“HAVE you heard of Reko Diq?” the man asked me in a hushed voice.
“No, what’s Reko Diq?” I replied.
“Very few have heard of it,” he said, “But soon, the whole country will know this name.”
This was back in 2007, and I had just made the acquaintance of a little known shady character whose name I cannot take because our conversations were not for attribution. Suffice it to say that in a few years time everybody knew his name.
We met on a couple of occasions, and talked on the phone a few times. I was working for Dawn News in those days, when it was an English channel. Meanwhile, the Musharraf regime was engulfed in multiple uncertainties including the lawyers movement, Lal Masjid, the May 12 violence in Karachi, Fazlullah’s militia in Swat, a financial crisis growing in the United States, and persistent talk of a ‘deal’ in the offing between Musharraf and Benazir Bhutto.
Those were epic days and, as an economic reporter, I was pulled in all directions to figure out the narrative arc of the big picture that was buffeting the economy. It was then that I was introduced to this fellow by a friend, and found him to be remarkably, in fact suspiciously, well informed about what was happening in Lal Masjid. That episode is what we had met to discuss when he suddenly popped this question on me.
####“But this is a scandal of historic proportions.” Then he elaborated, in a rambling diatribe, about the looting of “the richest gold mine in the world”.
There was no link between the two, he assured me. “But this is a scandal of historic proportions.” Then he elaborated, in a rambling diatribe, about a mining lease granted for a pittance (“a mere 25 per cent!”), about the looting of “the richest gold mine in the world”, about corruption so huge it would make the head spin. So overwrought was his telling that I lost all interest, telling myself that this guy was off his rocker.
“What do you have to substantiate any of this?” I asked him. “We can get you all the documents you need for your story,” came the reply. Fine, I told him. Send me the documents and I’ll take a look.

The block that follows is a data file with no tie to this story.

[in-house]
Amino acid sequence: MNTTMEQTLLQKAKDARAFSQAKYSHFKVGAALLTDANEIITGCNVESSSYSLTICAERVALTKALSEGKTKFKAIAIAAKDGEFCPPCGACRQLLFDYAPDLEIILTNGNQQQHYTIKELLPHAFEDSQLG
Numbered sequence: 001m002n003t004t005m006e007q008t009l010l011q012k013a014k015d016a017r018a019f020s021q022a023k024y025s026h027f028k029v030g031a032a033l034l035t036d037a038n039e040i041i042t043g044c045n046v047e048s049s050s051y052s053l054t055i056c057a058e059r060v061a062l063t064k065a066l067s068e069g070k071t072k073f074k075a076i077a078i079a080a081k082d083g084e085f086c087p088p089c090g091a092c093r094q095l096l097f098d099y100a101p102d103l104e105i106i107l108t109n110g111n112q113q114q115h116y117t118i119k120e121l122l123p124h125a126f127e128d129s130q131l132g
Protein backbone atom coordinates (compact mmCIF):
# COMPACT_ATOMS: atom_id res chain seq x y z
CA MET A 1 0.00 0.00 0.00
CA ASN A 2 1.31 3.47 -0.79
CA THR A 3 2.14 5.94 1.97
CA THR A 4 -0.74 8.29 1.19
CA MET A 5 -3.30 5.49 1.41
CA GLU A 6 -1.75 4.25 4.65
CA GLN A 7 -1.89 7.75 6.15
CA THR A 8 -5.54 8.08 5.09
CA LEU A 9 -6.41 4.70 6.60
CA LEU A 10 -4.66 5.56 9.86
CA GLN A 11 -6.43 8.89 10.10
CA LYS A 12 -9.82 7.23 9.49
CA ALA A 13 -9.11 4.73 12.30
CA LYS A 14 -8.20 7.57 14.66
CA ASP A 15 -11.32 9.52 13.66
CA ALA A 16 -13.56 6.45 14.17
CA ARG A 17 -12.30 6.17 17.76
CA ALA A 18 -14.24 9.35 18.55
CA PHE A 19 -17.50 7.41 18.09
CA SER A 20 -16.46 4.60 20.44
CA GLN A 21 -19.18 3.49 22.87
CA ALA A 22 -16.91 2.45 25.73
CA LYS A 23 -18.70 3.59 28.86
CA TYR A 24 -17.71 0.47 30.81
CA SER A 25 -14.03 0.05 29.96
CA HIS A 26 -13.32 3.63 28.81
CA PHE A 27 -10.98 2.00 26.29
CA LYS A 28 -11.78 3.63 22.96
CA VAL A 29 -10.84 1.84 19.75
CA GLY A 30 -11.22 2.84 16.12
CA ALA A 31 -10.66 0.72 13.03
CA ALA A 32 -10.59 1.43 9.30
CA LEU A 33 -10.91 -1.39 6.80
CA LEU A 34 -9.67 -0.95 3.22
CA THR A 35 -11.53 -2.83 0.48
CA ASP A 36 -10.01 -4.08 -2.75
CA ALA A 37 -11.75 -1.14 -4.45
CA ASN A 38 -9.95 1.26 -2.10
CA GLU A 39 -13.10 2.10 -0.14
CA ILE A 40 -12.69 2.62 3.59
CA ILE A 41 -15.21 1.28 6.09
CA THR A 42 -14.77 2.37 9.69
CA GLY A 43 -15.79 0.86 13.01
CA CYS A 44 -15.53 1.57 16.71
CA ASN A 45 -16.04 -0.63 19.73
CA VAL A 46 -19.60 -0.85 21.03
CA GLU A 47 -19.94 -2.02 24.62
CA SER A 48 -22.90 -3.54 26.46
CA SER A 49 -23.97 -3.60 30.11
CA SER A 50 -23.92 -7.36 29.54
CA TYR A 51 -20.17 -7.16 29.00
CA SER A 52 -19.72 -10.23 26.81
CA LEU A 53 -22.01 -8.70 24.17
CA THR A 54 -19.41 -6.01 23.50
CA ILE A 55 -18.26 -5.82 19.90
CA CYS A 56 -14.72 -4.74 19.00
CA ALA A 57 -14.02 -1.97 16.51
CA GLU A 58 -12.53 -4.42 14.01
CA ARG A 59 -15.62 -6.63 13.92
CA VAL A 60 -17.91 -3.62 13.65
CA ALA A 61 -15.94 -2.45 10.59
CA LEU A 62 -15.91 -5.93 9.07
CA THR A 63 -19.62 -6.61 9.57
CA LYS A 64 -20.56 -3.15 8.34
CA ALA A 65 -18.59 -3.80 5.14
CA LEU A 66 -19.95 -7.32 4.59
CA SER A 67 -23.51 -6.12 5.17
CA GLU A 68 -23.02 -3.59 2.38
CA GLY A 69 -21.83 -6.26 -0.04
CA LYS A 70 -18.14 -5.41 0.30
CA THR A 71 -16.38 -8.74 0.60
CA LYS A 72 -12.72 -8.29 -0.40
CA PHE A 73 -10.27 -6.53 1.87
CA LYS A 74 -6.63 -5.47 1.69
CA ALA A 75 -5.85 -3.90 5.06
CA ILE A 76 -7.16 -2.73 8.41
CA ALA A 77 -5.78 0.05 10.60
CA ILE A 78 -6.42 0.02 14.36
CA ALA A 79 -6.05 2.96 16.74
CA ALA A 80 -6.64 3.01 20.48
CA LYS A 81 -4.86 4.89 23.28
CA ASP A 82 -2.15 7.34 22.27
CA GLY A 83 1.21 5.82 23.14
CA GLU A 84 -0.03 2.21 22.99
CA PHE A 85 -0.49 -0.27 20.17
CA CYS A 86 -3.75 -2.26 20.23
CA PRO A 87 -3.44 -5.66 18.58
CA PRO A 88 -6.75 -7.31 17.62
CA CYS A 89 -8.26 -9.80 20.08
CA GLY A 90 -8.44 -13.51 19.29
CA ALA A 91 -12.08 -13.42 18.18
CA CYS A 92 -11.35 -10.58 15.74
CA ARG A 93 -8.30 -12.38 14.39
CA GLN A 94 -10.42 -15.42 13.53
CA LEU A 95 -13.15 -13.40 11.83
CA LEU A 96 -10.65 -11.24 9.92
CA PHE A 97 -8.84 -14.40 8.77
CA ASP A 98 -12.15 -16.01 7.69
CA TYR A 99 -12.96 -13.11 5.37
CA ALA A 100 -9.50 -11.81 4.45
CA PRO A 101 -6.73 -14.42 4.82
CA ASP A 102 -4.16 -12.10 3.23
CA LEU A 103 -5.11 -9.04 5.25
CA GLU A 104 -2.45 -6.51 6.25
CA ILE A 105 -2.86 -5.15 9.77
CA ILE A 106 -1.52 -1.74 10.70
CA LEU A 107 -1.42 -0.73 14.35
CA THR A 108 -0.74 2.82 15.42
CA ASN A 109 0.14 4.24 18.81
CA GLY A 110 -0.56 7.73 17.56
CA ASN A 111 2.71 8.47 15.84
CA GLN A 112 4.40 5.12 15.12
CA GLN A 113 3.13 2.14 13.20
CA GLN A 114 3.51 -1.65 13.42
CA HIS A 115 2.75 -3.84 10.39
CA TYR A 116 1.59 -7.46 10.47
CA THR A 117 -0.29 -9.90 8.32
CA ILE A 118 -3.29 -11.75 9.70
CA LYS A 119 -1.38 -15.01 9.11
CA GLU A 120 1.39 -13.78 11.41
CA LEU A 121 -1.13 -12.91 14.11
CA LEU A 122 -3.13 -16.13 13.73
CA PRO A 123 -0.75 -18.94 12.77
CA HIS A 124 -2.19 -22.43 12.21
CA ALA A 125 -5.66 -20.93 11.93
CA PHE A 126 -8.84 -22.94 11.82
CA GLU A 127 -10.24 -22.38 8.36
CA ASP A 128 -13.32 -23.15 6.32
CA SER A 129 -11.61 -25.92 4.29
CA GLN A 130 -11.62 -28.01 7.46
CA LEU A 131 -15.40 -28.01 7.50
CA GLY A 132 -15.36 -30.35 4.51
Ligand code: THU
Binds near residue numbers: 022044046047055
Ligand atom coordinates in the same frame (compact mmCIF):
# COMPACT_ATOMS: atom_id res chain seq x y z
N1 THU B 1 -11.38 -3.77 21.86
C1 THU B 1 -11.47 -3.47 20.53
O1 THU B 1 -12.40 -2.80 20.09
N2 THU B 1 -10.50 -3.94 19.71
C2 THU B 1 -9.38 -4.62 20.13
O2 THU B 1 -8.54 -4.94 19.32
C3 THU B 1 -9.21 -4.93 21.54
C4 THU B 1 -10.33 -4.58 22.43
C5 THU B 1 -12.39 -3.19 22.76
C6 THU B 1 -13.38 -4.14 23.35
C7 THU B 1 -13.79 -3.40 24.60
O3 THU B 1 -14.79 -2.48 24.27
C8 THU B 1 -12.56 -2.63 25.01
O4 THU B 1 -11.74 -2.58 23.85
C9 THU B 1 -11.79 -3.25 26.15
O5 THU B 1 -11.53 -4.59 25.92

A few days later an email arrived from him, with a few attachments. When I opened them, they were nothing more than a few, anonymously written, blog entry type pieces, written in what we used to call stream-of-consciousness style. The key fact they hinged on was that the deal struck between the Pakistan government and a company called the Tethyan Copper Company (TCC) involved the latter keeping 75pc of the output, while the government itself got only 25pc.
So I did some quick checking to see how these proportions compare with international standards in mining leases, and it appeared to be a somewhat standard formula. After all, the company would be putting up all the upfront investment, $3.3 billion in this case.
A few days later the fellow called. “Have you had a chance to look at the documents” he asked. “Yes,” I replied, “There’s nothing there. They’re anonymous pieces of writing, nothing official and the deal they describe is, in fact, a rather standard one in the mining industry.”
“We have lots more to share,” he said, “including official documents.”
“Let’s see them,” I replied. And then he said something that caused me to do a double take.
“No. First you do something with this, and we’ll see what you are able to do. Then we’ll share more.” I told him there was nothing I could do with the documents and our conversation ended.
A few years later, the story did indeed blow up when the Supreme Court began hearing a case that had been defeated in the Balochistan High Court in 2007. In 2011, with the hearings as a backdrop, TCC submitted its feasibility for the mining project, and in 2013 the Supreme Court comprehensively killed the deal, saying that the entire joint venture agreement between the Balochistan government and TCC was illegal.
Shortly thereafter, TCC pulled out of the deal saying, “We will pursue our claims for monetary damages, including lost profits for the mining operations, in the international arbitration.” Last week, that pursuit passed its first milestone, as a tribunal of the International Centre for the Settlement of Investment Disputes, a World Bank arm, gave its first order saying that the Pakistan government does indeed have liability in the failure of the project.
Since then, Barrick Gold, the company that was part of the Joint Venture that formed TCC and which carried out the feasibility study of Reko Diq, appears to have spent $21 million in litigation charges stemming from Reko Diq. From the amount being spent on litigation, it appears they are out to recover far more than the $120m loss they acknowledge in their annual report from the deal’s failure.
Reko Diq is not the only large deal to fall apart in this manner. Its problems began in 2006, when the first case was filed against it in the Balochistan High Court. That was a year after the Steel Mills case shut down the country’s privatisation programme. Since then, the mill has accumulated debt of $3.5bn and losses of Rs177bn. The year after the Supreme Court hearings began on Reko Diq, the same court struck down the LNG deal with GDF Suez. For five years subsequently, our industry and power plants gasped for the precious fuel as gas shortages doubled from one to two billion cubic metres daily.
We can talk about the details of the Reko Diq case. There is a lot to be said either way, but one thing that is certain to me from my brief interaction with the shady character about a decade ago is that neither side in this affair is all that innocent, and this pattern of stirring controversies around every deal has not served the country well.
The writer is a member of staff.
Published in Dawn, March 30th, 2017